Although the uncertainty in the amount of ground-water inflow to individual lakes is high, the isotope mass-balance approach was useful in comparing the range of ground-water inflow for numerous Florida lakes. Results were also helpful in understanding differences in the geographic distribution of ground-water inflow between the coastal lowlands and central highlands. In order to use the isotope mass-balance approach to estimate inflow for multiple lakes, it is essential that all the lakes are sampled during the same time period and that detailed isotopic, hydrologic, and climatic data are collected over this same period of time. Isotopic data for Florida lakes can change over time, both seasonally and interannually, primarily because of differences in net precipitation. The isotope mass-balance approach was most successful for lakes in the central highlands, where lakes have higher ground-water inflow, are deeper, and undergo less isotopic variability, compared to lakes in the coastal lowlands. Results from this study illustrate the large range in ground-water inflow to Florida lakes and underscore the importance of ground water in the water budget of many of Florida's lakes.
A. Isotopic composition of rainwater at Lake Starr and Halfmoon Lake
B. Isotopic composition of atmospheric moisture at Lake Starr and Halfmoon Lake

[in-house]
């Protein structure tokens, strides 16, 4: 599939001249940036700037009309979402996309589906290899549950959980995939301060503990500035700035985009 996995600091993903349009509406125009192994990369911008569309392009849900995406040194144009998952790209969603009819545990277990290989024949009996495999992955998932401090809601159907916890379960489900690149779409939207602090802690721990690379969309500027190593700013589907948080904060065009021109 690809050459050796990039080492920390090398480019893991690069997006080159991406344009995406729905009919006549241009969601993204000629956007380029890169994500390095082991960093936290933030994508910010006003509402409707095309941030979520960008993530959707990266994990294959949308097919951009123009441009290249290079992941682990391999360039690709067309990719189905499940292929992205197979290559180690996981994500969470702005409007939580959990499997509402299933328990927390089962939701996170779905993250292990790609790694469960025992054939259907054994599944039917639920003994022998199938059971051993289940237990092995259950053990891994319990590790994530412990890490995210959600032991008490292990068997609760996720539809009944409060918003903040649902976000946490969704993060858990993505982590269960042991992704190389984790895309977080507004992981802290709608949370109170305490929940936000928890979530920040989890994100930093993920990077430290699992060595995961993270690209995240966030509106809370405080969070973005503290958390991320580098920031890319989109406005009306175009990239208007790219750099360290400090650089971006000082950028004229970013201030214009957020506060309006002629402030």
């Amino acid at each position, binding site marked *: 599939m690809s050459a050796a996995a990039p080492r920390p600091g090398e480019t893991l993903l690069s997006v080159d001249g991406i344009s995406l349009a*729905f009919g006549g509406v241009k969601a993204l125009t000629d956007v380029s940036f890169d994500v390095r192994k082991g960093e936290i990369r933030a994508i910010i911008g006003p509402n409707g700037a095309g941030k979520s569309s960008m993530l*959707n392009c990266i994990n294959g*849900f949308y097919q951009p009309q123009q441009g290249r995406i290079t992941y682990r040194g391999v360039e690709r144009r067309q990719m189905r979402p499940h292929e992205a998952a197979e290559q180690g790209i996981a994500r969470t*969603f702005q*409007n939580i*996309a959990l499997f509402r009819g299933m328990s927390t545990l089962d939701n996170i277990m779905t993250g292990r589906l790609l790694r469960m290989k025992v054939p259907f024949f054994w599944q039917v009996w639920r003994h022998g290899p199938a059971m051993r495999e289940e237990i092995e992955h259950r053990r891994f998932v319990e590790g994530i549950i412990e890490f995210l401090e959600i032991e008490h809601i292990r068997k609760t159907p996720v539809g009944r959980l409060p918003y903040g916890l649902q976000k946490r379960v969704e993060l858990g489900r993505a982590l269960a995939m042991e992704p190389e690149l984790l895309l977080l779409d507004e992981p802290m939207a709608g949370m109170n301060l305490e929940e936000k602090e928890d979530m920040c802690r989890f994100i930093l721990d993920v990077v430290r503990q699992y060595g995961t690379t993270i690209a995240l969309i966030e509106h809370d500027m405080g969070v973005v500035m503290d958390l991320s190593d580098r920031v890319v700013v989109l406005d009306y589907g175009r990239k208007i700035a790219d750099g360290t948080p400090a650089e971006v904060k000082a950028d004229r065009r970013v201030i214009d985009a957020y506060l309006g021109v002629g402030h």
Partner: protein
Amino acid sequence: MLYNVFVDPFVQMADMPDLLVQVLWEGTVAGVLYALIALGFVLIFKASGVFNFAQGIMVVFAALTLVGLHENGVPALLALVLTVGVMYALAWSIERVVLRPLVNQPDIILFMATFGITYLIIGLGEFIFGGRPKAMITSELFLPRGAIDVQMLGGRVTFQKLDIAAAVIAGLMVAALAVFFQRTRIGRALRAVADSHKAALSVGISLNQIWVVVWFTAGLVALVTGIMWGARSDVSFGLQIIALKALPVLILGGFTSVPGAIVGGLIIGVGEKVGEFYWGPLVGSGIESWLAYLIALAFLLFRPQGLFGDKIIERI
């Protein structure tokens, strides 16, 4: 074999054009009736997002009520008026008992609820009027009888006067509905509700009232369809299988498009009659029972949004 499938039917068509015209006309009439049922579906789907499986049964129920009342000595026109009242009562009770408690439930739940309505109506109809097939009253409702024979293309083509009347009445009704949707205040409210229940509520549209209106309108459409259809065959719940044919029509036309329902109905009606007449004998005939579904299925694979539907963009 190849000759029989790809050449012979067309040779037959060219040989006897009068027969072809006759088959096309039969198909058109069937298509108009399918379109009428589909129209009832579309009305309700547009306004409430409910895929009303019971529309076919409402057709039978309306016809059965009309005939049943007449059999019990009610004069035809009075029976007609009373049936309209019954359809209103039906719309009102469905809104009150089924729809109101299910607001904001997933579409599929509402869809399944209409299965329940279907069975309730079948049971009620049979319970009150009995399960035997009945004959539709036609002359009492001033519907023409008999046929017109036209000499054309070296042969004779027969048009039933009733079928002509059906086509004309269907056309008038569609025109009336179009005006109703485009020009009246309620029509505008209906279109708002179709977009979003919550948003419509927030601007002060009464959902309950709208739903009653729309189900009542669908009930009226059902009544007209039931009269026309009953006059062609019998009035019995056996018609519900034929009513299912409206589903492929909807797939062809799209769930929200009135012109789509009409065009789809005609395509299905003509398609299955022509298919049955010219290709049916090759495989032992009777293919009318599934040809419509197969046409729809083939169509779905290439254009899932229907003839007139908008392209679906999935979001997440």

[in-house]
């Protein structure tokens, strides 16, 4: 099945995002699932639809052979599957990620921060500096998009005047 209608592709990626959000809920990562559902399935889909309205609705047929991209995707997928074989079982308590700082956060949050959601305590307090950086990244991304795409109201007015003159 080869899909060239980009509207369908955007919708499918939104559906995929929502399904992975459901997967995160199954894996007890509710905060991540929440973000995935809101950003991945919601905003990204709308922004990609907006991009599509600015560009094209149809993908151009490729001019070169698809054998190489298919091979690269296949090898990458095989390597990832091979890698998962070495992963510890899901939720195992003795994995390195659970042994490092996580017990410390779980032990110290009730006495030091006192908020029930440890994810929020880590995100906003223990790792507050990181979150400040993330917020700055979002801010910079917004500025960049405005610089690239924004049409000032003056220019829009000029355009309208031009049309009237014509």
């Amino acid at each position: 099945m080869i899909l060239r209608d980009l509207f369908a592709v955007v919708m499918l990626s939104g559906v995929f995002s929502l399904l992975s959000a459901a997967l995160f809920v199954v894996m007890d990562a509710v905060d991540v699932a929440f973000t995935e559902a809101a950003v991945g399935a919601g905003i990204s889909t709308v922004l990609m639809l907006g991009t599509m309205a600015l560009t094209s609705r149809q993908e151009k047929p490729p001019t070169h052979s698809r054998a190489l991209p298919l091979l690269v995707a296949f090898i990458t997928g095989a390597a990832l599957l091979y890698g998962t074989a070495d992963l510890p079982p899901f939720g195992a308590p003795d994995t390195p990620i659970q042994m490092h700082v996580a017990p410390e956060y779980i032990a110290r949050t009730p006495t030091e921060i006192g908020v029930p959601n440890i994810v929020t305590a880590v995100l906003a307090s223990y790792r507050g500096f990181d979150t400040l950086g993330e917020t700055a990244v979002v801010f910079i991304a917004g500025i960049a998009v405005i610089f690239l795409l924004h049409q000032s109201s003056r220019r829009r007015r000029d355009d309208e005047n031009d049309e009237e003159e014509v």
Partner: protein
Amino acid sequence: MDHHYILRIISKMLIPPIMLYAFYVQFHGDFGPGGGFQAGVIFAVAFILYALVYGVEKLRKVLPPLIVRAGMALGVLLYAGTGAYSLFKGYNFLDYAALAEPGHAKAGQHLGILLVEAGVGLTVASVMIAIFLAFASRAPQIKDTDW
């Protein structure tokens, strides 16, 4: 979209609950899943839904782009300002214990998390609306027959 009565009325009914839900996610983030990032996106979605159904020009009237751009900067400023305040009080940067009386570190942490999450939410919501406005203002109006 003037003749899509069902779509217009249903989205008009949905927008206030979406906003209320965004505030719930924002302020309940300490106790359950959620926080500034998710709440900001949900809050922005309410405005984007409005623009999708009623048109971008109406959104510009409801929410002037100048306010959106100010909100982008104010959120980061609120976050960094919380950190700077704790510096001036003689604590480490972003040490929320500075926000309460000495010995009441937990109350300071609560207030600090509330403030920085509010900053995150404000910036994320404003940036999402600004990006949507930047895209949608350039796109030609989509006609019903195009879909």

C. Isotopic composition of ground water at selected study lakes
D. Isotopic composition of surface-water inflow
E. Isotopic composition of lake water from summer 1999 and winter 2000 samplings
F. Basin characteristics used in final multiple regression models for the entire study area
1. Map showing location of study lakes and relation to geomorphic regions
2. Photograph of aerial view of lakes in Polk County near Winter Haven, Florida
3. Schematic of generalized hydrogeologic section through a central Florida lake
4. General relation between dD and d18O for global meteoric water and water that has undergone evaporation
5. Schematic illustrating differences in isotopic composition between two lakes with different amounts of ground-water inflow
6-22. Graphs showing:
1. Location and size of study lakes
2. Annual water budget for Lake Starr (1996-2000) and Halfmoon Lake (June 1996-May 2000)
3. Instantaneous discharge in inflow channels to Crooked Lake, Clinch Lake, and Lake Lotela
4. Average isotopic composition of rainwater and ground water at Lake Starr and Halfmoon Lake
5. Variables used to back-calculate the isotopic composition of atmospheric moisture from the Lake Starr water budget
6. Comparison of ground-water inflow to Lake Starr from water-budget and isotope mass-balance approaches
7. Ground-water inflow results using steady-state and transient isotope mass-balance approaches
8. Summary of sensitivity analysis of ground-water inflow computed from the isotope mass-balance approach for Lake Starr
9. Potential explanatory variables with statistically significant correlation coefficients (p<0.05) with ground-water inflow
10. Multiple linear regression models to predict ground-water inflow